It is well known that real problems exist within families – that there are some people who shouldn’t be allowed to care for children who may nonetheless be in a caring position.
There are many more who face a struggle in caring for their children – because of physical or mental illness, drug or alcohol addiction or because they have rejected the child and are incapable of caring for it.
In cases where there is suspected abuse, social workers have powers to control what happens to the child, including putting them into “care”. Why does this system sometimes fail?
Firstly, very few resources are put into the care that working class families receive. Social workers, as trained professionals, are not particularly well paid, have increasingly heavy workloads and sometimes are simply not in a position to assess a case properly.
Secondly there are many class prejudices and assumptions on the part of the authorities that may lead them to a particular course of action.
Thirdly many people who are visited by social workers resent the intrusion and prejudices, and may therefore sometimes cover up things that they think will be disadvantageous to them.
At fault here is the way that capitalism organises the family and childcare. The privatised family means that most people don’t know what goes on behind the four walls of the family home.
It is the sphere of the private that means that childcare remains the prerogative of the parents, especially the mother, other close relations and professionals who are paid.
In any rational society, caring for children would be one of the most valued jobs and would be shared among a range of people as well as the biological parents. This would enable parents to have some space and it would also enable the many people who love children to take a share in this role.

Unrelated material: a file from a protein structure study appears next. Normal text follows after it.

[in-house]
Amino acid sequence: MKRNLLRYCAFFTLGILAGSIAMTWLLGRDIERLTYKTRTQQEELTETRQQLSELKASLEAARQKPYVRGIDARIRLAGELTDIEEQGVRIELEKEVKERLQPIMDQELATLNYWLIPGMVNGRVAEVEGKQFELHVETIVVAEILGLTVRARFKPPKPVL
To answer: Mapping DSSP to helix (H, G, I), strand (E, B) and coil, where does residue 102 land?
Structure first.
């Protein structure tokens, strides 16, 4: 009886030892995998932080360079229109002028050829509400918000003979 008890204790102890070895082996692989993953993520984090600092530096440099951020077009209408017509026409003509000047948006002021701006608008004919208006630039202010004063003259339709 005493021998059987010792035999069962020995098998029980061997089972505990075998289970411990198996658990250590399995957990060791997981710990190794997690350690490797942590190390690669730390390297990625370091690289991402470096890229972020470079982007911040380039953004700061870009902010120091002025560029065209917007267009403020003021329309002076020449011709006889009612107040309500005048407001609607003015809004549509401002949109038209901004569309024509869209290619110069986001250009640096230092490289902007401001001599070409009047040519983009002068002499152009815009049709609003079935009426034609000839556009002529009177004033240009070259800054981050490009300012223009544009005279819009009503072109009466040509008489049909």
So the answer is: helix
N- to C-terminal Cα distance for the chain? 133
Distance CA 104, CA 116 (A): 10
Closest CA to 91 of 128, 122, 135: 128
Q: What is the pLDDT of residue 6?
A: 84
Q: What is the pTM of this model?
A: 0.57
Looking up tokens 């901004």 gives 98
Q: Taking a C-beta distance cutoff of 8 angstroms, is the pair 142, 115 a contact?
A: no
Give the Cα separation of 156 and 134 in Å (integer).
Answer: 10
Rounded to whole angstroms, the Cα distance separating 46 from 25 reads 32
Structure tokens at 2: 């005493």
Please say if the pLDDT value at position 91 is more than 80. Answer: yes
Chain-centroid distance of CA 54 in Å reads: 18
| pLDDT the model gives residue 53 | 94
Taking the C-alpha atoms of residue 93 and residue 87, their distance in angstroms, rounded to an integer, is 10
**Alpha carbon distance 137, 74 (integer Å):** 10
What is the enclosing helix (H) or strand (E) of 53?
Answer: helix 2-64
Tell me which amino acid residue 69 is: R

If the money and care that is currently lavished on executive first class travel, multi-million pound office buildings in the City and on the finest, most exclusive meals prepared by top chefs were instead spent on the most vulnerable children there would be far fewer cases like that of Baby P.
If we stopped spending on war and Trident missiles we could fund proper services where people were not overworked and undervalued.
The priorities of capitalism stop us from doing that. And all the while, the prejudices of this society put the blame for failings on individuals, especially the poorest and least adequate individuals.
Some of the headlines about the people in the Baby P case used words like “evil” and “monsters”.
Some months ago a respectable married businessman set fire to his house having killed his wife and daughter, their horses and dogs, because he could no longer finance their expensive lifestyle.
Unfortunately such cases are far from rare. But this case was described as a tragedy, not as monstrous or evil.
The real tragedy is that capitalism distorts the behaviour of human beings in this way.
As the late David Widgery, a socialist GP in the East End of London, wrote in the mid 1980s, “to believe these inequalities are inevitable is to believe working class children somehow need less fresh air and fewer books and smaller bedrooms.
“That they are in some way less human than the children born elsewhere. And to accept that, especially if you are in a position to do something about it, would require a terrible cruelty.”
Violence and the family
- Domestic violence accounts for one quarter of all recorded violent crime in Britain
- On average two women a week are killed in Britain by a partner or former partner
- At least 750,000 children witness domestic violence every year
- Children who live with domestic violence are more likely to experience behavioural problems, emotional trauma and mental health problems
- Most rapes take place in the victim’s home and most are perpetrated by the victim’s partner
Lindsey German is the author of Material Girls, an excellent account of how women’s lives have changed over the past few decades, current debates on women’s liberation and the barriers that remain. It is available from Bookmarks, the socialist bookshop. » www.bookmarksbookshop.co.uk